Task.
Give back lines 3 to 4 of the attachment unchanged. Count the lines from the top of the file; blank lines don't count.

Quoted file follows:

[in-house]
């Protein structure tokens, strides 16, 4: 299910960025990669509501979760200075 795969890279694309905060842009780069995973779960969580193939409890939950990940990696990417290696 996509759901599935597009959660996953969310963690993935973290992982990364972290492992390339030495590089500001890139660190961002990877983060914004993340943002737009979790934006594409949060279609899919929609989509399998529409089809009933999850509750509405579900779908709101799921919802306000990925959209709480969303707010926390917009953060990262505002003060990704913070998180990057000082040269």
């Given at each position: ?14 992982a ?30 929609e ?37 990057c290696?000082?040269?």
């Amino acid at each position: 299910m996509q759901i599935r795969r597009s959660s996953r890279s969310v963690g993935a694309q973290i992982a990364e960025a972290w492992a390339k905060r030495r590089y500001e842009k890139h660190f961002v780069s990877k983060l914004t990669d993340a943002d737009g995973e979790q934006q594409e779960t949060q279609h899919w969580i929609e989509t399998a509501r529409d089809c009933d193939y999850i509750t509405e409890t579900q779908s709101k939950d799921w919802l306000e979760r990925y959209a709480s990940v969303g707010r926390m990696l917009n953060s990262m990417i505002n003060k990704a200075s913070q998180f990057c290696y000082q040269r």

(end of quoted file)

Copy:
């Given at each position: ?14 992982a ?30 929609e ?37 990057c290696?000082?040269?």
């Amino acid at each position: 299910m996509q759901i599935r795969r597009s959660s996953r890279s969310v963690g993935a694309q973290i992982a990364e960025a972290w492992a390339k905060r030495r590089y500001e842009k890139h660190f961002v780069s990877k983060l914004t990669d993340a943002d737009g995973e979790q934006q594409e779960t949060q279609h899919w969580i929609e989509t399998a509501r529409d089809c009933d193939y999850i509750t509405e409890t579900q779908s709101k939950d799921w919802l306000e979760r990925y959209a709480s990940v969303g707010r926390m990696l917009n953060s990262m990417i505002n003060k990704a200075s913070q998180f990057c290696y000082q040269r």